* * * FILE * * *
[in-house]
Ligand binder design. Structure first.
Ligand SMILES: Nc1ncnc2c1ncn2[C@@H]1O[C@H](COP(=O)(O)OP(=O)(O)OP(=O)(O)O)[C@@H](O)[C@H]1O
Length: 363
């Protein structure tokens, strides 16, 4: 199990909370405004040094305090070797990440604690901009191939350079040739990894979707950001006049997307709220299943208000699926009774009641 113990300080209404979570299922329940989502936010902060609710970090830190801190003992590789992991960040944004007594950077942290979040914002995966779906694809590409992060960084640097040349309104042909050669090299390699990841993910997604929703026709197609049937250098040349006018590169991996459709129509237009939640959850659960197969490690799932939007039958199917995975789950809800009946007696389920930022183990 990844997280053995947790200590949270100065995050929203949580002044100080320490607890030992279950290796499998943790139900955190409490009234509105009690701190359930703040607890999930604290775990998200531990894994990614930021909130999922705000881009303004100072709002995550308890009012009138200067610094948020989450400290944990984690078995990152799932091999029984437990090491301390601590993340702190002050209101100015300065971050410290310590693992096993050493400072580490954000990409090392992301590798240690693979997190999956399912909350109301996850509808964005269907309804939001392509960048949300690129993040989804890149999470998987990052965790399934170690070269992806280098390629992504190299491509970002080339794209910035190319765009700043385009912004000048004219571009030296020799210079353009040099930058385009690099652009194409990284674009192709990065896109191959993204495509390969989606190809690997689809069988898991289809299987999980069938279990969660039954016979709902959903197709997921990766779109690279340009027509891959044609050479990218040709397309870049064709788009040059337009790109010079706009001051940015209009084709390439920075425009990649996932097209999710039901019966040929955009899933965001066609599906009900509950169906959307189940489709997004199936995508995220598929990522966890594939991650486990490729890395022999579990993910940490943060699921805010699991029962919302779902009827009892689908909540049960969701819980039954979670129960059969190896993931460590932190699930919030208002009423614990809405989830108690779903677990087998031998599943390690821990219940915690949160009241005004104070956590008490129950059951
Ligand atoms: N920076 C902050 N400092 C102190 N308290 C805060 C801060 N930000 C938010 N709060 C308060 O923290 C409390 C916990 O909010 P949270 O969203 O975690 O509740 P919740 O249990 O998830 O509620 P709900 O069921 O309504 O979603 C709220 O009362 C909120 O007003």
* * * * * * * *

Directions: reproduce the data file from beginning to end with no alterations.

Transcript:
[in-house]
Ligand binder design. Structure first.
Ligand SMILES: Nc1ncnc2c1ncn2[C@@H]1O[C@H](COP(=O)(O)OP(=O)(O)OP(=O)(O)O)[C@@H](O)[C@H]1O
Length: 363
């Protein structure tokens, strides 16, 4: 199990909370405004040094305090070797990440604690901009191939350079040739990894979707950001006049997307709220299943208000699926009774009641 113990300080209404979570299922329940989502936010902060609710970090830190801190003992590789992991960040944004007594950077942290979040914002995966779906694809590409992060960084640097040349309104042909050669090299390699990841993910997604929703026709197609049937250098040349006018590169991996459709129509237009939640959850659960197969490690799932939007039958199917995975789950809800009946007696389920930022183990 990844997280053995947790200590949270100065995050929203949580002044100080320490607890030992279950290796499998943790139900955190409490009234509105009690701190359930703040607890999930604290775990998200531990894994990614930021909130999922705000881009303004100072709002995550308890009012009138200067610094948020989450400290944990984690078995990152799932091999029984437990090491301390601590993340702190002050209101100015300065971050410290310590693992096993050493400072580490954000990409090392992301590798240690693979997190999956399912909350109301996850509808964005269907309804939001392509960048949300690129993040989804890149999470998987990052965790399934170690070269992806280098390629992504190299491509970002080339794209910035190319765009700043385009912004000048004219571009030296020799210079353009040099930058385009690099652009194409990284674009192709990065896109191959993204495509390969989606190809690997689809069988898991289809299987999980069938279990969660039954016979709902959903197709997921990766779109690279340009027509891959044609050479990218040709397309870049064709788009040059337009790109010079706009001051940015209009084709390439920075425009990649996932097209999710039901019966040929955009899933965001066609599906009900509950169906959307189940489709997004199936995508995220598929990522966890594939991650486990490729890395022999579990993910940490943060699921805010699991029962919302779902009827009892689908909540049960969701819980039954979670129960059969190896993931460590932190699930919030208002009423614990809405989830108690779903677990087998031998599943390690821990219940915690949160009241005004104070956590008490129950059951
Ligand atoms: N920076 C902050 N400092 C102190 N308290 C805060 C801060 N930000 C938010 N709060 C308060 O923290 C409390 C916990 O909010 P949270 O969203 O975690 O509740 P919740 O249990 O998830 O509620 P709900 O069921 O309504 O979603 C709220 O009362 C909120 O007003």